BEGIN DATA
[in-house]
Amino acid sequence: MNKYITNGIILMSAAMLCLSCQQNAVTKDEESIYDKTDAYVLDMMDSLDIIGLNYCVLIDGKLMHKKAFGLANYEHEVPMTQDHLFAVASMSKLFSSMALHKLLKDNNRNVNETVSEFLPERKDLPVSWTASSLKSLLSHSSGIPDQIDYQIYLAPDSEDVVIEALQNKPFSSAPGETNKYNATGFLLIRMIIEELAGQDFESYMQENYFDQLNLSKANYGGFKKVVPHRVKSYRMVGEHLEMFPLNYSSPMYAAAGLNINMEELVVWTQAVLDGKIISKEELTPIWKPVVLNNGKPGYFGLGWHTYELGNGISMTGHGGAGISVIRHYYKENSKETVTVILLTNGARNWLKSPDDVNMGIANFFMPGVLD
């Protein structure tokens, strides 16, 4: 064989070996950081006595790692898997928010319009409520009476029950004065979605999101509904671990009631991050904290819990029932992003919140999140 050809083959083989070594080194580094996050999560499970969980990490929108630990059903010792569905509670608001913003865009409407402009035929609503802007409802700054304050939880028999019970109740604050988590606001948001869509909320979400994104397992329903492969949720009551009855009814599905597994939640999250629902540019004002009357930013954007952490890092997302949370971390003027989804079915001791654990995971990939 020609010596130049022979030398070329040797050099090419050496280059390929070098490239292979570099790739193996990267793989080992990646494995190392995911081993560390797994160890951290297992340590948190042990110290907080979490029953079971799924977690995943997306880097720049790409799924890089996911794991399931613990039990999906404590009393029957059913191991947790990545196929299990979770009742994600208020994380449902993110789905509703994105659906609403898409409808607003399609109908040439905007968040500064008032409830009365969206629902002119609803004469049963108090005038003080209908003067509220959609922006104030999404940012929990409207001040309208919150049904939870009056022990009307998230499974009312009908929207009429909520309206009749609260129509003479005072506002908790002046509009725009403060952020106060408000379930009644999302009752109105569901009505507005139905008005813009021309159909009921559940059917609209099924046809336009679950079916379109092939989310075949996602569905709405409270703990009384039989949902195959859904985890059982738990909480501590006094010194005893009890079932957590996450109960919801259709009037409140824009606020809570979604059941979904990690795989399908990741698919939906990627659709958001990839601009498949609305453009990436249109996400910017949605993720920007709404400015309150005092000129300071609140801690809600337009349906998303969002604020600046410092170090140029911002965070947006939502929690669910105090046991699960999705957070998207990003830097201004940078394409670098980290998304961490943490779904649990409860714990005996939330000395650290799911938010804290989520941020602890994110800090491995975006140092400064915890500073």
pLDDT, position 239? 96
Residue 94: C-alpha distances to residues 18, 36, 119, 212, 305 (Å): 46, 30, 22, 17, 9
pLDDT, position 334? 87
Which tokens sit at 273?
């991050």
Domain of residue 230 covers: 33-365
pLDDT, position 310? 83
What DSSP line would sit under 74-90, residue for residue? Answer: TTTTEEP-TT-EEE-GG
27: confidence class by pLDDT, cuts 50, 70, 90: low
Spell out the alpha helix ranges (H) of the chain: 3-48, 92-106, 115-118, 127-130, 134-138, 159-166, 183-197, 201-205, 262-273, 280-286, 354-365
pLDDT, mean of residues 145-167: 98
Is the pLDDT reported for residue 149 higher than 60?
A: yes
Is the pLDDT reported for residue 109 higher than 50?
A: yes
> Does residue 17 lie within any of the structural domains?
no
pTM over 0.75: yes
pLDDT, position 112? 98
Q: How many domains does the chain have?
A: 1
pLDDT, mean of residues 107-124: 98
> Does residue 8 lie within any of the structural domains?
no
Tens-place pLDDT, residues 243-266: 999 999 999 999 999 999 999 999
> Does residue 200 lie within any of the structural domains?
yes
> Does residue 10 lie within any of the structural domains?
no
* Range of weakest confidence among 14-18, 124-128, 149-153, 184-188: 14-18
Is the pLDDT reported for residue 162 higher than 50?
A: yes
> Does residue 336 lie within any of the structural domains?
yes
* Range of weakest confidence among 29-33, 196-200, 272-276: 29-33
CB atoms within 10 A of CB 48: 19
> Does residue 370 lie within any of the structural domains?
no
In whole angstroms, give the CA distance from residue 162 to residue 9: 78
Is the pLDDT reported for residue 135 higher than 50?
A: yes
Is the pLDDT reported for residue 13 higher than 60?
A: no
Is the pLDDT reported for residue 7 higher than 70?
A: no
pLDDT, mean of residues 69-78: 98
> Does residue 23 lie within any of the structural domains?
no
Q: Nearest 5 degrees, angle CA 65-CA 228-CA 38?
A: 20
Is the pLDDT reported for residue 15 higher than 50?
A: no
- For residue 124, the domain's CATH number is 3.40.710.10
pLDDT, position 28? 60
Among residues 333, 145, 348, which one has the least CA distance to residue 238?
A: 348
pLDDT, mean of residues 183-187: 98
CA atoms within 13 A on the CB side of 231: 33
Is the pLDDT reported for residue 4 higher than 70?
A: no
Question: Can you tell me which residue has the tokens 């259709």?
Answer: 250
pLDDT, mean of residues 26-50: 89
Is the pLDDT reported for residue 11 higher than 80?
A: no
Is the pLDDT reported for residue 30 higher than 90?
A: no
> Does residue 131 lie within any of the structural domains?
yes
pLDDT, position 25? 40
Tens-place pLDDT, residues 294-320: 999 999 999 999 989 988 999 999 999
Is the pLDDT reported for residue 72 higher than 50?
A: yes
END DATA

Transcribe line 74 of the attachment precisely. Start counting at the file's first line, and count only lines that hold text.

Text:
Tens-place pLDDT, residues 294-320: 999 999 999 999 989 988 999 999 999